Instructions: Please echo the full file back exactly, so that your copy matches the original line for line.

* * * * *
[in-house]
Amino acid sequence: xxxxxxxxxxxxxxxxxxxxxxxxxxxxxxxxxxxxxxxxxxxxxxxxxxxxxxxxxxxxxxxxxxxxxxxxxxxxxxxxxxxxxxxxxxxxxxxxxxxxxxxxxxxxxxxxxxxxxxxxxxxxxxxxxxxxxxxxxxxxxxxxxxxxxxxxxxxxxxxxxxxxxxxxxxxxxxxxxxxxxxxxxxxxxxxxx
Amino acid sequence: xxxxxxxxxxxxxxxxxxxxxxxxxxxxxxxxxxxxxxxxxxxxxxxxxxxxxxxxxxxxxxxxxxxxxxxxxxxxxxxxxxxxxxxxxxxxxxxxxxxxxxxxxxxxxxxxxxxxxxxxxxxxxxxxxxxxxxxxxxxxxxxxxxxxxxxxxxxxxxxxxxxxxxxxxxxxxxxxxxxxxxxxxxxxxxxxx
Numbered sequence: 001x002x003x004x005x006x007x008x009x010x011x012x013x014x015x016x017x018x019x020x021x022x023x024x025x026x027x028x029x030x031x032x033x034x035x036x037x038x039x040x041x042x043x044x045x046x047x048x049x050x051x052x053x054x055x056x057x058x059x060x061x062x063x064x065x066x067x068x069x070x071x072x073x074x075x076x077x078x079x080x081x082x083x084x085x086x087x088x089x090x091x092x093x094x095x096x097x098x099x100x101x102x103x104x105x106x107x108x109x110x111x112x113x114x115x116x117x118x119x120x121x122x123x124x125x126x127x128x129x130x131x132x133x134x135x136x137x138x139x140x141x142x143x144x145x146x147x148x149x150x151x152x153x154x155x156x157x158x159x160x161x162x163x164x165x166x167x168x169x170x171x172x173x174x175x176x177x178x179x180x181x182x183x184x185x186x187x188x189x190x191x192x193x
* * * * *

[in-house]
Amino acid sequence: xxxxxxxxxxxxxxxxxxxxxxxxxxxxxxxxxxxxxxxxxxxxxxxxxxxxxxxxxxxxxxxxxxxxxxxxxxxxxxxxxxxxxxxxxxxxxxxxxxxxxxxxxxxxxxxxxxxxxxxxxxxxxxxxxxxxxxxxxxxxxxxxxxxxxxxxxxxxxxxxxxxxxxxxxxxxxxxxxxxxxxxxxxxxxxxxx
Amino acid sequence: xxxxxxxxxxxxxxxxxxxxxxxxxxxxxxxxxxxxxxxxxxxxxxxxxxxxxxxxxxxxxxxxxxxxxxxxxxxxxxxxxxxxxxxxxxxxxxxxxxxxxxxxxxxxxxxxxxxxxxxxxxxxxxxxxxxxxxxxxxxxxxxxxxxxxxxxxxxxxxxxxxxxxxxxxxxxxxxxxxxxxxxxxxxxxxxxx
Numbered sequence: 001x002x003x004x005x006x007x008x009x010x011x012x013x014x015x016x017x018x019x020x021x022x023x024x025x026x027x028x029x030x031x032x033x034x035x036x037x038x039x040x041x042x043x044x045x046x047x048x049x050x051x052x053x054x055x056x057x058x059x060x061x062x063x064x065x066x067x068x069x070x071x072x073x074x075x076x077x078x079x080x081x082x083x084x085x086x087x088x089x090x091x092x093x094x095x096x097x098x099x100x101x102x103x104x105x106x107x108x109x110x111x112x113x114x115x116x117x118x119x120x121x122x123x124x125x126x127x128x129x130x131x132x133x134x135x136x137x138x139x140x141x142x143x144x145x146x147x148x149x150x151x152x153x154x155x156x157x158x159x160x161x162x163x164x165x166x167x168x169x170x171x172x173x174x175x176x177x178x179x180x181x182x183x184x185x186x187x188x189x190x191x192x193x